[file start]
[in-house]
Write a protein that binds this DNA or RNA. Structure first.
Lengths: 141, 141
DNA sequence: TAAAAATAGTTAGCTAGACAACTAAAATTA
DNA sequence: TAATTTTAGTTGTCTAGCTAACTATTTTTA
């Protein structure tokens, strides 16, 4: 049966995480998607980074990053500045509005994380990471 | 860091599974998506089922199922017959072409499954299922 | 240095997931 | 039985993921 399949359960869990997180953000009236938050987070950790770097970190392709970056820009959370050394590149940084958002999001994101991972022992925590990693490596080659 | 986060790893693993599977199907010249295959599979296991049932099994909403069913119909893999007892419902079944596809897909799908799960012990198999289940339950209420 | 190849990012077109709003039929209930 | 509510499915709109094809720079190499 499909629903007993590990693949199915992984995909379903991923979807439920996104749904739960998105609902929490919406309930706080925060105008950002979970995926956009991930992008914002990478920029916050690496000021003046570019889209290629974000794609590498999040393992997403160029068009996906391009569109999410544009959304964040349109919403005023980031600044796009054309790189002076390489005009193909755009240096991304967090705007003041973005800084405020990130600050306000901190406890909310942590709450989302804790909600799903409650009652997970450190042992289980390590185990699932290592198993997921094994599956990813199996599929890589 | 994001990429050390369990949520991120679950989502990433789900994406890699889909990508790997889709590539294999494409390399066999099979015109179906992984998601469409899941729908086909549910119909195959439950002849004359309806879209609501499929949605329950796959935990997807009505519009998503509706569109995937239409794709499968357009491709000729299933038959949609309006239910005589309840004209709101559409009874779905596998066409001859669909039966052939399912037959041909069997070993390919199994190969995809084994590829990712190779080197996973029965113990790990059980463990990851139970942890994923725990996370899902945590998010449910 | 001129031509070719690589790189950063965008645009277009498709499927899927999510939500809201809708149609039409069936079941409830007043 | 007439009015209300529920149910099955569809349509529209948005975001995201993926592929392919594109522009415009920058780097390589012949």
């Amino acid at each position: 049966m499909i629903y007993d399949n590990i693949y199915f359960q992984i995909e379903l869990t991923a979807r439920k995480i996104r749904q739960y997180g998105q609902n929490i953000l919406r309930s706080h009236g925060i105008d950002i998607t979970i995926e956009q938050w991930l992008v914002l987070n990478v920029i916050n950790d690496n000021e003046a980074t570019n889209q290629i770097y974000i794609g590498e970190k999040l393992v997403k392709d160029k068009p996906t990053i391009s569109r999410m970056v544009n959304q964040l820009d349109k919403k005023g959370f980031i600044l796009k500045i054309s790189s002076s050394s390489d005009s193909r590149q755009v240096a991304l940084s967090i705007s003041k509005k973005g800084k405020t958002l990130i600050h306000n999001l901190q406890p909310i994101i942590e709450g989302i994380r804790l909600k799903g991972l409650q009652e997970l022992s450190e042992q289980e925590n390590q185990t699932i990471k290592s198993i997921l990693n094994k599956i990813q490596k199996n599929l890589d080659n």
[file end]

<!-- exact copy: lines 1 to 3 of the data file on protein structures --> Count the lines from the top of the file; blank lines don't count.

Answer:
[in-house]
Write a protein that binds this DNA or RNA. Structure first.
Lengths: 141, 141